The study shows clear differences between different groups.
- For low-paid single people without children, family support rather than the tax/benefit system most often prevents poverty. Opportunities for financial independence are thus limited for this group. Bringing young people into both the adult National Minimum Wage and the tax credit system at 21 would align these two types of support and extend a minimum income guarantee to more young workers.
- Low-paid lone parents can also rarely avoid poverty by their wages alone. About a quarter of employed lone parents are low paid, but the combination of wages, child benefit, tax credits, other means-tested benefits and child support provides most with an income above the poverty line. Living with other people, typically adult children, is also important. Receipt of the new tax credits is high among lone parents. Just eight per cent of the low-paid lone mothers working 16 hours plus live in household poverty and 40 per cent avoid poverty because of tax credits. However, for working lone parents the complex income package required to avoid in-work poverty can be difficult to set up, making the transition into work problematic. Increasing Child Tax Credit (rather than the Working Tax Credit) would help to smooth this transition. Making a more substantial contribution to the costs of working would further assist lone parents.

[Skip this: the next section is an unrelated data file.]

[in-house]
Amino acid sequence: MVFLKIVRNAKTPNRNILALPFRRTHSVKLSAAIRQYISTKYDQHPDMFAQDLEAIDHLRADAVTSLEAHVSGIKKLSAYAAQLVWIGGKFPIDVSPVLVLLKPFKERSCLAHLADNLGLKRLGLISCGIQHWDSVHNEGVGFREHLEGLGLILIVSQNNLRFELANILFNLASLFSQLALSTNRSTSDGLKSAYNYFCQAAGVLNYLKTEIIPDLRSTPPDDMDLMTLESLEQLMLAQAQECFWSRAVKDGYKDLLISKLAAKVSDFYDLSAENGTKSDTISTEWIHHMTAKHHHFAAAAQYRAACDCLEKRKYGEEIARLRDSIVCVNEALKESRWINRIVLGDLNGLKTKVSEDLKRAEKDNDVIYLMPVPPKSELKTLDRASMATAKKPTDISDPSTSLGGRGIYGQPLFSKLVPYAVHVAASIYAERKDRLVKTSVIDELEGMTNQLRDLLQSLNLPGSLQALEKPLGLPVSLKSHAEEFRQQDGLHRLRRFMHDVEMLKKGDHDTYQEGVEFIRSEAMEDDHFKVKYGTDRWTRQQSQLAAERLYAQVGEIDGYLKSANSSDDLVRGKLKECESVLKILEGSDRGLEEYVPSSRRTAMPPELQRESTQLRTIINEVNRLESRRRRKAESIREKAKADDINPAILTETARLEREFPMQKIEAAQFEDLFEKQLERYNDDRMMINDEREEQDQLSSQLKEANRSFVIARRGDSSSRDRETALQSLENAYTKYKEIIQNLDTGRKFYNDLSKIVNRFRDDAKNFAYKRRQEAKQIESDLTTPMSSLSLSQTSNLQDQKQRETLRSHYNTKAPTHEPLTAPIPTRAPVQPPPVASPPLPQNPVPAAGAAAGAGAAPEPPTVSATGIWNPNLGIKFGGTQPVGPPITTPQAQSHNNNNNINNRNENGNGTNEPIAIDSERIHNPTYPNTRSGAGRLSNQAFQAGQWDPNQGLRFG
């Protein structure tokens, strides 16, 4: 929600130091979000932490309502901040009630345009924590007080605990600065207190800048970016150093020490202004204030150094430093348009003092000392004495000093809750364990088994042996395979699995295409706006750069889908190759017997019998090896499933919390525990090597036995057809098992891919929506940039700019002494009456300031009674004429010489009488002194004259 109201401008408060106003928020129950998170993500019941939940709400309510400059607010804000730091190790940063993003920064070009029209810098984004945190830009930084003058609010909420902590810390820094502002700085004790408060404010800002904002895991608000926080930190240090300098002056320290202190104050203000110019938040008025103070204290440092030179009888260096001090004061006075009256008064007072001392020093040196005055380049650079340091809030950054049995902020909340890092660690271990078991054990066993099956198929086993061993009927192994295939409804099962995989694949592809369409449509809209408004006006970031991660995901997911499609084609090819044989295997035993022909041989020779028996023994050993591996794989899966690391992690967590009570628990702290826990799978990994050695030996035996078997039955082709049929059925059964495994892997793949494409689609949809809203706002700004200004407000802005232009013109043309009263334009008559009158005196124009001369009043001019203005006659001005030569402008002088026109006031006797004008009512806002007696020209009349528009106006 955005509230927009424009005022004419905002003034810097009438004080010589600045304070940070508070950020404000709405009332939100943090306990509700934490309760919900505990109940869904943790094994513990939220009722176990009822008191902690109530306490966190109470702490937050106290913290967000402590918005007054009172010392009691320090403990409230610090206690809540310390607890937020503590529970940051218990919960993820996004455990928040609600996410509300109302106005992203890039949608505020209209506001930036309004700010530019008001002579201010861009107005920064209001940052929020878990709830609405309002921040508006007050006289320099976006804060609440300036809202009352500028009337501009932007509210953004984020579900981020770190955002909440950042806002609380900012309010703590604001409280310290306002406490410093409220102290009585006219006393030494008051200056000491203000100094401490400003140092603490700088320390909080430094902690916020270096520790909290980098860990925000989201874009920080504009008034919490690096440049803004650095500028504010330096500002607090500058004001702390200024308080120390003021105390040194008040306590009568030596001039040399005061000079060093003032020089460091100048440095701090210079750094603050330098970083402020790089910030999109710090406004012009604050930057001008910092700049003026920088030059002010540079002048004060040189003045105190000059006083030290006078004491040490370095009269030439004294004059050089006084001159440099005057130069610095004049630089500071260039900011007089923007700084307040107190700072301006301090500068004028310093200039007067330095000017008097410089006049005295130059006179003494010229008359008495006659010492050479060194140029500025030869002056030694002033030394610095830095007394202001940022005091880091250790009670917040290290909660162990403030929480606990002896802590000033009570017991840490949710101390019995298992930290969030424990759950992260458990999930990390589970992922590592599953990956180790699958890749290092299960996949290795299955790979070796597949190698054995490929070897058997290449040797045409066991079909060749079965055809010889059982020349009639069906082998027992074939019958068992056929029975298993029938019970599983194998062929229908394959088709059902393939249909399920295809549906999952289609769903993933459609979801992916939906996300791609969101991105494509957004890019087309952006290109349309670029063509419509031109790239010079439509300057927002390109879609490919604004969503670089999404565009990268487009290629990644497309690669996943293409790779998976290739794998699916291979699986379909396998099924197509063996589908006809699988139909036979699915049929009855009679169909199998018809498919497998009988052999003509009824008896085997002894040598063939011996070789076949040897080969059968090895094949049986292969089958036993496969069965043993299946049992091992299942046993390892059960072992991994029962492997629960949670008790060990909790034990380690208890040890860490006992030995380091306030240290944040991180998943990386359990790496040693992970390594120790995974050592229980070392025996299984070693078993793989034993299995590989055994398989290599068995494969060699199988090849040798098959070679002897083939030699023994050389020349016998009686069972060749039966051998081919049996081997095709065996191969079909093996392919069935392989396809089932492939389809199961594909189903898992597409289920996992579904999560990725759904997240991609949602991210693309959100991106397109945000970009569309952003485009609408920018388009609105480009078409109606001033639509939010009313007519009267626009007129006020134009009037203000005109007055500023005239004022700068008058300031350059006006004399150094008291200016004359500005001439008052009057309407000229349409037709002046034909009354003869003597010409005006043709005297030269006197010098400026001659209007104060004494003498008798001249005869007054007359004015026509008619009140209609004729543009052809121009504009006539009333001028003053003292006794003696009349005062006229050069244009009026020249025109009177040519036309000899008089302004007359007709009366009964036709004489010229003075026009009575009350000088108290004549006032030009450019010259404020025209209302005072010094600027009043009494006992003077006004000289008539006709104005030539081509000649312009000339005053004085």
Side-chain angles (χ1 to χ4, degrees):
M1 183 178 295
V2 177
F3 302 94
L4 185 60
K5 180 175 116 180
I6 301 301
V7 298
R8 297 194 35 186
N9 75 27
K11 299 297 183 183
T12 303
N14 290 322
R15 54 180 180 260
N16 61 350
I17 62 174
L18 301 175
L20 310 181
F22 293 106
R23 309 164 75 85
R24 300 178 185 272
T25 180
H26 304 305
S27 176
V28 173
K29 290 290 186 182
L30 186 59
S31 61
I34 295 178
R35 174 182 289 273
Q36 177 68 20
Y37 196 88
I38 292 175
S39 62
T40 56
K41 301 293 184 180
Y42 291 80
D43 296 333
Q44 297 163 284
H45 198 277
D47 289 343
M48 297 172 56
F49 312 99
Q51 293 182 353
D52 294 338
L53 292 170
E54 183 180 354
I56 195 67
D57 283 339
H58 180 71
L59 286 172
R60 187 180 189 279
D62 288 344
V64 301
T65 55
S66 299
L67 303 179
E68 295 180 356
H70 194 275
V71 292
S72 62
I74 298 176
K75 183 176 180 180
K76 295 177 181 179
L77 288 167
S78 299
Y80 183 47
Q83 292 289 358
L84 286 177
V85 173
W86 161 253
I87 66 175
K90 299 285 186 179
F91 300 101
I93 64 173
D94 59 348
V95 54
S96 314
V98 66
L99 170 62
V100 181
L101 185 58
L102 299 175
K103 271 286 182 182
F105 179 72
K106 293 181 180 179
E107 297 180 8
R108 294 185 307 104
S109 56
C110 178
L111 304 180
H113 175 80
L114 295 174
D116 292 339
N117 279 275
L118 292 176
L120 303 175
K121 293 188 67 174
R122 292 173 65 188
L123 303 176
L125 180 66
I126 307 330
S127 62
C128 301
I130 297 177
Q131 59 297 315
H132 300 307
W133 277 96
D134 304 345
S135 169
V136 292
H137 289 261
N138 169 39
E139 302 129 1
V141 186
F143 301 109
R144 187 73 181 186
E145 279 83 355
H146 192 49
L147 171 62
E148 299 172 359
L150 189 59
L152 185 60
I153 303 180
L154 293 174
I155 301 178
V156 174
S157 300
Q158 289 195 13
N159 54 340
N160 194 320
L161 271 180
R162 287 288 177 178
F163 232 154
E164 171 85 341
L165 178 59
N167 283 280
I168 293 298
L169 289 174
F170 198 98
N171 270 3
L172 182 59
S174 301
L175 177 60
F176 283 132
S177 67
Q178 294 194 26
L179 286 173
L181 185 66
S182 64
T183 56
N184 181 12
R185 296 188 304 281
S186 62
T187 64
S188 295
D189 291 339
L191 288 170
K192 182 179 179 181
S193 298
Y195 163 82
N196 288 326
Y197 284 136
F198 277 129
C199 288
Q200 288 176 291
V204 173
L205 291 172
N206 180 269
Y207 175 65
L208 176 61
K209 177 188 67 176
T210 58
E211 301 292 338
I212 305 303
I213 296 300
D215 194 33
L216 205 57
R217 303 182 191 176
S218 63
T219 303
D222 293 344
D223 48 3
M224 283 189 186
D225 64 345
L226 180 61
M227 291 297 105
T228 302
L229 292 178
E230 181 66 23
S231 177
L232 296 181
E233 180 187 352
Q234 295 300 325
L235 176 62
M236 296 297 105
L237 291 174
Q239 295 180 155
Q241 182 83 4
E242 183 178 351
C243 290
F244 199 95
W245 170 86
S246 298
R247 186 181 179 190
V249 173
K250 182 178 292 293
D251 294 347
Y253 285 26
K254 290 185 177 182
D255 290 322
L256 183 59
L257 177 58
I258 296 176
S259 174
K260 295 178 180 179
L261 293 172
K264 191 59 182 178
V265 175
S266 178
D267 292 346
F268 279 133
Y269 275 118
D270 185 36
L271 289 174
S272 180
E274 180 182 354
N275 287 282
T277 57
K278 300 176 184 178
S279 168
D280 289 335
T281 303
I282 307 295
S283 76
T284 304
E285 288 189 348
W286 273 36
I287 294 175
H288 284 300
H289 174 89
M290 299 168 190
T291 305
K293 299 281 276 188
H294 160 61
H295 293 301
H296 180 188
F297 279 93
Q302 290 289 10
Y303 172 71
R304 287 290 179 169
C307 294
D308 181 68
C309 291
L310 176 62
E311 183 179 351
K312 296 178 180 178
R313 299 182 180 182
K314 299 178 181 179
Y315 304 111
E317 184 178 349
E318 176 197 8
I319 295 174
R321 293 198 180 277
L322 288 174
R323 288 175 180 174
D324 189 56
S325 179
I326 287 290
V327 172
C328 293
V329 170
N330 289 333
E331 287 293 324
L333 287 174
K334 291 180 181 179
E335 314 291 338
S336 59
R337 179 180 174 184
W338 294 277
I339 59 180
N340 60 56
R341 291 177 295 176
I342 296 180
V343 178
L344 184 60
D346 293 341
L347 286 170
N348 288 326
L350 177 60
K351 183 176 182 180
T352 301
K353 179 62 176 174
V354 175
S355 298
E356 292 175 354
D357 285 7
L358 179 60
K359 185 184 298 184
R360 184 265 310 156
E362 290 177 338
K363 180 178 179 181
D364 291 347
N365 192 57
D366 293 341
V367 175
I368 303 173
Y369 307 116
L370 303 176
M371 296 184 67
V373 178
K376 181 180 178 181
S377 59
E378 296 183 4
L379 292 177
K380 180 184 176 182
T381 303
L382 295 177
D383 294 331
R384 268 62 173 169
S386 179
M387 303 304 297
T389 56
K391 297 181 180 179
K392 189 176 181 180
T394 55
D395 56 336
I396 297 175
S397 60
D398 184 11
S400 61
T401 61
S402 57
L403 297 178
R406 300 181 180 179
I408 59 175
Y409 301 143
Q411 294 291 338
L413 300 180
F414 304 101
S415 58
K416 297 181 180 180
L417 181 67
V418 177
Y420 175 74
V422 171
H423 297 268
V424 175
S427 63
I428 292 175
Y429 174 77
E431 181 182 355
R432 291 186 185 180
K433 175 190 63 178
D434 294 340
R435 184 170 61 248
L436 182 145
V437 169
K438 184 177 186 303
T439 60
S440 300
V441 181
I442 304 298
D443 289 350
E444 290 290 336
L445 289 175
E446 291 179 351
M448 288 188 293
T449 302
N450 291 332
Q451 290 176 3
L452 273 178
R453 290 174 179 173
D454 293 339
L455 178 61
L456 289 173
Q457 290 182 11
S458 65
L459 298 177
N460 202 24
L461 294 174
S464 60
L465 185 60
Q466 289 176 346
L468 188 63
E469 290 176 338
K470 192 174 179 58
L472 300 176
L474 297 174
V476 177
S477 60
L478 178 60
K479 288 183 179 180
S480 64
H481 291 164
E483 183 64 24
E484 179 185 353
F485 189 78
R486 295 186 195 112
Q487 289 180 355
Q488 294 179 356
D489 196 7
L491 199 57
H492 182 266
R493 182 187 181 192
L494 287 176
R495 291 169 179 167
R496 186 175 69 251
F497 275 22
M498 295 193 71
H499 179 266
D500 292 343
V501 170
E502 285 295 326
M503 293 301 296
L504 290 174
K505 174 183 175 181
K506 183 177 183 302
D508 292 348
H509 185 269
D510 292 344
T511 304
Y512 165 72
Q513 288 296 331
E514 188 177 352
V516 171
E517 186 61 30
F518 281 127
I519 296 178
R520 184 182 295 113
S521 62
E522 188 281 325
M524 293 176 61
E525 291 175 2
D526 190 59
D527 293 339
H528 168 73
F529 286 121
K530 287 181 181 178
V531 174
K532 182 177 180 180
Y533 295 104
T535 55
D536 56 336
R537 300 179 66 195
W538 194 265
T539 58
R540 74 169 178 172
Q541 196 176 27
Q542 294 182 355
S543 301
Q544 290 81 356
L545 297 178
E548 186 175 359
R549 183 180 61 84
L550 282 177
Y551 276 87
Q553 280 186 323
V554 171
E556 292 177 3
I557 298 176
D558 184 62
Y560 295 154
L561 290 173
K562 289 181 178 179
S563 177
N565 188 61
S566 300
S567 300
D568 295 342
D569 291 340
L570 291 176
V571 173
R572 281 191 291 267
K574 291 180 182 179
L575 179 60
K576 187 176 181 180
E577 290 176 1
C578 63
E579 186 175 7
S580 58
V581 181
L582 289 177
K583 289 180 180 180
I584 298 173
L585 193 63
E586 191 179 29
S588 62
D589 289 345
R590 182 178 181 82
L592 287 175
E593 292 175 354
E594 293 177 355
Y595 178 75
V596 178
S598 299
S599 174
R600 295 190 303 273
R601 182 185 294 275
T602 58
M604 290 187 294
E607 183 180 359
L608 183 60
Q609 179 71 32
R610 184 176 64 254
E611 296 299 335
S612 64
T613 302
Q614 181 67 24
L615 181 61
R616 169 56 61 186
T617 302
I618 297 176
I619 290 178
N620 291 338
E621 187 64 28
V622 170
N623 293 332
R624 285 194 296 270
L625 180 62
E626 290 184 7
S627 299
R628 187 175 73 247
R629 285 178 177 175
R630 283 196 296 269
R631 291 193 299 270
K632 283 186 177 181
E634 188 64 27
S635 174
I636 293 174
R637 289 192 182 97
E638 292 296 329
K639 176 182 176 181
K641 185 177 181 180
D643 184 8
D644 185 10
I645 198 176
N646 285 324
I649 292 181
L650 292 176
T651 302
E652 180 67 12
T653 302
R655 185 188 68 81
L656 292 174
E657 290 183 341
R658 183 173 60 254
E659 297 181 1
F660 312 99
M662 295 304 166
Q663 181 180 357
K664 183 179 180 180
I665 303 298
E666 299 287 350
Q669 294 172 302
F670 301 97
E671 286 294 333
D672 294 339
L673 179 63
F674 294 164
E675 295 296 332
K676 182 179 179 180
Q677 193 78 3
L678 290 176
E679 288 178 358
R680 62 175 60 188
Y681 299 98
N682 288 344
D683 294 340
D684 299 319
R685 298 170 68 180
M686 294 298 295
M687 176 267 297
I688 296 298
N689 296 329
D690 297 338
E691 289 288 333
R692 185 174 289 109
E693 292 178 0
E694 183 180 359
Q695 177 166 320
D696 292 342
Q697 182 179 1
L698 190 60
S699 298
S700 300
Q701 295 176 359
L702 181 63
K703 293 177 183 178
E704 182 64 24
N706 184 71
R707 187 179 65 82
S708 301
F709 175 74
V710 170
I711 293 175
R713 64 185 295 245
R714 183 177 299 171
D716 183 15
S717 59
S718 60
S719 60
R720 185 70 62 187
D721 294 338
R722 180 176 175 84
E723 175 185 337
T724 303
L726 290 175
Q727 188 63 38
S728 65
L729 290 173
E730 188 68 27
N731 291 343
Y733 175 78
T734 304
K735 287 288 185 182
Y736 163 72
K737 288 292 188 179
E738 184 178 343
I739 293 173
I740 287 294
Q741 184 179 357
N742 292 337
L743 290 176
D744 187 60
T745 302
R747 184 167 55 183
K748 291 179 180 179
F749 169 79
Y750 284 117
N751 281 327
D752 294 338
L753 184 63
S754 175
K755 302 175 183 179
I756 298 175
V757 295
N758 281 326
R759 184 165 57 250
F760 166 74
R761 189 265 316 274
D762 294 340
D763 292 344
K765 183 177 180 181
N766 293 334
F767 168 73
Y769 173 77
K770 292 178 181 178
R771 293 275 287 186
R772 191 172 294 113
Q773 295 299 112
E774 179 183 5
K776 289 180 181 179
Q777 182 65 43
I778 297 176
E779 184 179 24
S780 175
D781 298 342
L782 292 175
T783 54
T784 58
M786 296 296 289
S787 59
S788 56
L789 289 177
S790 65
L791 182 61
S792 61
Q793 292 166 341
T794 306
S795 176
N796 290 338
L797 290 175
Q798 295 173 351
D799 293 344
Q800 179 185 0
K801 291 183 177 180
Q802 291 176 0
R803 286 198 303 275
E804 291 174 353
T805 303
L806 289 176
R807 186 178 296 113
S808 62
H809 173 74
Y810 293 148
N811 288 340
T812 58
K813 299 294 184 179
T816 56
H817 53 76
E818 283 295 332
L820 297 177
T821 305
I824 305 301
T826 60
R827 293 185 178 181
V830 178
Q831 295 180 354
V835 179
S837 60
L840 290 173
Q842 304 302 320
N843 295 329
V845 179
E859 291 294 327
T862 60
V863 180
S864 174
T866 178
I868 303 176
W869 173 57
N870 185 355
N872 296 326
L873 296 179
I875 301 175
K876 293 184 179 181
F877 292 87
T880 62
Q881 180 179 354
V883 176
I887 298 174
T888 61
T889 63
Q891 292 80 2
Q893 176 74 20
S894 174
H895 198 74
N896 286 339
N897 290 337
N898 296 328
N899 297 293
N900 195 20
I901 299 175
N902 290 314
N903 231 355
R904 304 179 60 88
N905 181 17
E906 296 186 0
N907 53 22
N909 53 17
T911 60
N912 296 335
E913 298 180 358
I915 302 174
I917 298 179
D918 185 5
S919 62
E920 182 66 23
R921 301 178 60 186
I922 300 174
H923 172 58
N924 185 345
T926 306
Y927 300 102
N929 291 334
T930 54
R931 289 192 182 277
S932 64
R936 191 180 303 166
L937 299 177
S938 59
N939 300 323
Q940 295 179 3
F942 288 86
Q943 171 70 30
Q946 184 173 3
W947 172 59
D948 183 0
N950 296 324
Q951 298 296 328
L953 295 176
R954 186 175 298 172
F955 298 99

- For low-paid couples, joint employment is the most effective way to avoid poverty. Low-paid women are more likely to have partners who are employed and not low paid than low-paid men, who often have either non-employed partners or partners who are also low paid. For these couples, tax credits can provide a valuable addition to low wages. However, the family-based means test used to determine eligibility for tax credits creates a potential disincentive for second earners.
The stated goal of the Working Tax Credit - to make work pay - means that a number of policy aims are rolled up in this one transfer. For example, a flat-rate, time-limited benefit or tax credit might better help people to make the transition into work. A protected system of paid parental leave might better help families where one parent is providing full-time childcare. Such measures would make the in-work financial system more complex: there is a trade-off between a single system trying to cover lots of needs and a more differentiated system. But as in-work supplementation comes to occupy a more central place in policy it will be increasingly important to address directly these questions of goals and targeting.
About the project
The analysis is based on the Family Expenditure Survey (now called the Expenditure and Food Survey) for the years 1994/5 to 2000/1; this collects detailed income and expenditure data annually from a sample of households. For this study, a sub-sample of about 5,700 employees was selected for each year.